# Projects Perspective
The Teamscale project perspective enables users to manage projects, analysis profiles, metric threshold configurations, external metrics and external external findings. This section describes the user interfaces for creating and managing each of these entities.
The Projects perspective features a sidebar that can be used to navigate to e.g., these configuration pages:
Projects: This page allows you to add projects to Teamscale that should be analyzed.
Analysis Profiles: This page allows you to configure the analyses that are run for your projects.
Metric Thresholds: This page allows you to define a target threshold for all metrics that your projects should abide by.
Projects in Teamscale are linked to one or more source code repositories and the findings that Teamscale generates and collects for the corresponding source code artifacts.
# Projects Page
After the project is set up, it appears in the project list. For each existing project, the project list offers different buttons for project management (see table below).
# Editing an Existing Project
On the Projects page, you can see a list of all projects configured in Teamscale. The following actions can be performed on an existing project.
|Opens the edit dialog for the project. The dialog is the same as for project creation except that the project's id cannot be changed.|
|Opens a dialog for advanced configuration options such as a connection to SAP systems and the threshold configuration to use for the project. Teamscale defines a default threshold configuration but users can create custom threshold configurations (also discussed in this section).|
|Triggers a complete re-analysis of the project.|
|Pauses analysis of the project.|
|Deletes the project.|
|Copies the project. The copy project page will allow to specify whether only the configuration or also all project data should be copied.|
|Exports the project configuration. The exported file can be imported with the "Import project" button.|
|Exports a complete backup of the project (including analysis results). The exported file can be imported with the "Import project" button.|
|Opens a view for management of external uploads.|
|Opens a view for providing access to the project via users or groups.|
# Action: Creating a New Project
To create a new project, the
Add Project button of the Projects page can be used.
You need to set a project name and an analysis profile. Here, we chose
the ABAP (default) profile as an example:
Furthermore, the user can choose a dashboard template.
A project can be configured with multiple connectors for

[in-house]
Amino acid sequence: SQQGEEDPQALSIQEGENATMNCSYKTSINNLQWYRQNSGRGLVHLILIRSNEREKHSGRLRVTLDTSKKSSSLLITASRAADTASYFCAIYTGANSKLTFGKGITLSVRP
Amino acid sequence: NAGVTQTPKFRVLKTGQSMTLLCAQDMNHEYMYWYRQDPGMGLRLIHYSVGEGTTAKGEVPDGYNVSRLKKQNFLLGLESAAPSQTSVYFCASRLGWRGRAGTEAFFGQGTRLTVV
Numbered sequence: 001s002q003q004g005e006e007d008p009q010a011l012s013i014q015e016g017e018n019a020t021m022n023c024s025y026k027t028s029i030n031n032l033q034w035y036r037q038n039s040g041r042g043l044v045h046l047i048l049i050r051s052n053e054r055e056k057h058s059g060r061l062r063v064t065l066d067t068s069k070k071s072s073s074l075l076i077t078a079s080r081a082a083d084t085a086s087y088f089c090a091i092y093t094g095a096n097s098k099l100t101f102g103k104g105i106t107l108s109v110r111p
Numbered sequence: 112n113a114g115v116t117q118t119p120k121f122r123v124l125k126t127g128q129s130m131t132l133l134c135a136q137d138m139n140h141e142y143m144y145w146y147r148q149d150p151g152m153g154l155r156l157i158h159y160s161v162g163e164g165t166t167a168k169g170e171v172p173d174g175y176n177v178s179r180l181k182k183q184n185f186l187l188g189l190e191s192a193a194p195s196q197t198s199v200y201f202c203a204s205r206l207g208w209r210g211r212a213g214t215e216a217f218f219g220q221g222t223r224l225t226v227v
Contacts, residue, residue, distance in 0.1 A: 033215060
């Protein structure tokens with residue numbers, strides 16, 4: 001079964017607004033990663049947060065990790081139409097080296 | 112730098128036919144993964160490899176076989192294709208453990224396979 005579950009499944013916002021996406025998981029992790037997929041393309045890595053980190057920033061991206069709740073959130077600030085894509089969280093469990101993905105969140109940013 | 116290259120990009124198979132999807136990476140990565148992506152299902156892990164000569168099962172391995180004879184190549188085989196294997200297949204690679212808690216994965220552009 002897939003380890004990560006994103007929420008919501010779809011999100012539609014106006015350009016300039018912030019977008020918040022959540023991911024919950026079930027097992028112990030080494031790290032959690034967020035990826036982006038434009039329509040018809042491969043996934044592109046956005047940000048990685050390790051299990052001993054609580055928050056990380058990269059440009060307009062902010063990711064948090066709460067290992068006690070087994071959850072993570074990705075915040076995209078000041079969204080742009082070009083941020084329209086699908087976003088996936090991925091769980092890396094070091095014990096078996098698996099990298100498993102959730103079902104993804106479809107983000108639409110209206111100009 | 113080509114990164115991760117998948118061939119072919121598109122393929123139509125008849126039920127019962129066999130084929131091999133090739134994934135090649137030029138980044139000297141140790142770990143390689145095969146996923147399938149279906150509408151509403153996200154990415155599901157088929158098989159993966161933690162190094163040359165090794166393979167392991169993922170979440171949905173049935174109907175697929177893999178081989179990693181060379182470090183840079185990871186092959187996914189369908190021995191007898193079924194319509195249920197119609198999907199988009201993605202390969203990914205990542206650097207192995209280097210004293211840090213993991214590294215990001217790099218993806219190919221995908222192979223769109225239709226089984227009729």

- Version Control Systems:
Connecting to Git Platforms (GitHub, GitLab, BitBucket)
While all these platforms can be accessed using the plain Git connector, using a more specific connector enables additional features, such as automatic update on push, and annotation of pull requests.
- Issue Trackers:
In terms of version control systems, Teamscale offers connectors to Git, SVN and Azure DevOps TFVC (TFS), as well as the Git management platforms GitHub, GitLab and BitBucket.
In addition, it can also read from the file system, either with a simple File System or a Multi-Version File System connector.
For these file-system connectors, access to the file system needs to be made
available by a Teamscale administrator via
Settings using the File-System-Access Whitelist option.
# Git Connector
To set up a Git connector, the user has to specify account data (the
+ button opens an account setting
dialog), and a repository identifier (must be unique in the project).
Furthermore, the user can specify a start revision to reduce the
analysis load and include or exclude files. You might, for example, want
to exclude generated code or experimental code from the analysis. Also,
you might want to have separate projects for your application and your
test code. Note that Teamscale should be connected to either a remote
repository (Teamscale will clone it locally into the working directory
configured in the Server Settings page on the Admin perspective) or a
dedicated local clone that is not modified by other tools or users.
Local Git Repository
When connecting a local repository (
file:// URL schema), make sure that the corresponding
repository is bare, i. e. has been cloned with the
# Branch Support
Teamscale also offers branch support. As default, branch support is not enabled while configuring the connector for a project. For large projects with hundreds of branches, this would dramatically increase the analysis time. You can manually enable branch support by clicking the corresponding checkbox and configure which branches should be included in the anlaysis by using include/exclude patterns. The patterns are reg-ex based. For example, you can match your release-branches or specific feature branches. Internally, Teamscale has a default branch, which maps to »trunk« for SVN and »master« for Git. Sometimes, this has to be adjusted, however.